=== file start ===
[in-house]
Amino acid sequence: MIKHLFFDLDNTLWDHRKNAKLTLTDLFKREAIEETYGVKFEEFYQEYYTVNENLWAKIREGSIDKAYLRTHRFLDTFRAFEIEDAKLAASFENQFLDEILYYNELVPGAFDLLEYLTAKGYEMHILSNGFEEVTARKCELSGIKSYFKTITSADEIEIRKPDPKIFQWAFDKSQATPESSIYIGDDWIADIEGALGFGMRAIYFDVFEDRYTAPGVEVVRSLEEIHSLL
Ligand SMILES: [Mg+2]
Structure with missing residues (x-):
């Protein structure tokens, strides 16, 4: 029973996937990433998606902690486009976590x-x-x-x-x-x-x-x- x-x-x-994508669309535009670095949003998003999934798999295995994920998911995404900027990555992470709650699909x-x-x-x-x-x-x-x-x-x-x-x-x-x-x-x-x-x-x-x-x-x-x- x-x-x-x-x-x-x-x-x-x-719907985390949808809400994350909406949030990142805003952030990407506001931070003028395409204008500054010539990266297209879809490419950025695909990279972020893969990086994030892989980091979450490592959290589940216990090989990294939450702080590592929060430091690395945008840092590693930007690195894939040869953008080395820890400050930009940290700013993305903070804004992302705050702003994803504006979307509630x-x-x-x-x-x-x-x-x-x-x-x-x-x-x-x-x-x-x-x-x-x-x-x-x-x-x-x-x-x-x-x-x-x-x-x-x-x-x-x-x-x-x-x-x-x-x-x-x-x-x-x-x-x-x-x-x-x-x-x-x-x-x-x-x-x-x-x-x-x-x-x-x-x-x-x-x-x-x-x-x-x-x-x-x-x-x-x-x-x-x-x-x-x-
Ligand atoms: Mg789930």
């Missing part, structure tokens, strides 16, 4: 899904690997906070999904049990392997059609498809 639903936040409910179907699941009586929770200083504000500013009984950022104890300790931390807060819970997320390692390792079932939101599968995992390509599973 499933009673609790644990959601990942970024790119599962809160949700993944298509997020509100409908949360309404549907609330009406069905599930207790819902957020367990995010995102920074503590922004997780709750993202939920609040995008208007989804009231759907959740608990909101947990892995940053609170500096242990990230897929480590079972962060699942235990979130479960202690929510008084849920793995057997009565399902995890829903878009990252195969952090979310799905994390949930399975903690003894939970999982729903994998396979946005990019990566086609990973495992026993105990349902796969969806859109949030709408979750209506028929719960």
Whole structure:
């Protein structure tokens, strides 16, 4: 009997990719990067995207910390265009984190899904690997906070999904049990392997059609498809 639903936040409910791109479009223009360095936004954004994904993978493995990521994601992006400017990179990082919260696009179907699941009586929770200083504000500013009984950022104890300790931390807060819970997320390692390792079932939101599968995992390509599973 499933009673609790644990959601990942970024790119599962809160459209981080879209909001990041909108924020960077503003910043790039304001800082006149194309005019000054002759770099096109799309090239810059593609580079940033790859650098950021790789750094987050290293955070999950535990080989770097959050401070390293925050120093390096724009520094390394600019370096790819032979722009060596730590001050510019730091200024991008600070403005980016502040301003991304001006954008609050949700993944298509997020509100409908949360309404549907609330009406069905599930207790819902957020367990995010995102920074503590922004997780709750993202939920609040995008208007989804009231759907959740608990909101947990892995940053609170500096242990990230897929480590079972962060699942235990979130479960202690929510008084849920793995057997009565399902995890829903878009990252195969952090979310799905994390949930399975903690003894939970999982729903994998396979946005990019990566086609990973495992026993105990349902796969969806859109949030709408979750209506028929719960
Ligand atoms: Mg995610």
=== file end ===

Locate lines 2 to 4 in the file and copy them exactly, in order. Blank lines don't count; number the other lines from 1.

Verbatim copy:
Amino acid sequence: MIKHLFFDLDNTLWDHRKNAKLTLTDLFKREAIEETYGVKFEEFYQEYYTVNENLWAKIREGSIDKAYLRTHRFLDTFRAFEIEDAKLAASFENQFLDEILYYNELVPGAFDLLEYLTAKGYEMHILSNGFEEVTARKCELSGIKSYFKTITSADEIEIRKPDPKIFQWAFDKSQATPESSIYIGDDWIADIEGALGFGMRAIYFDVFEDRYTAPGVEVVRSLEEIHSLL
Ligand SMILES: [Mg+2]
Structure with missing residues (x-):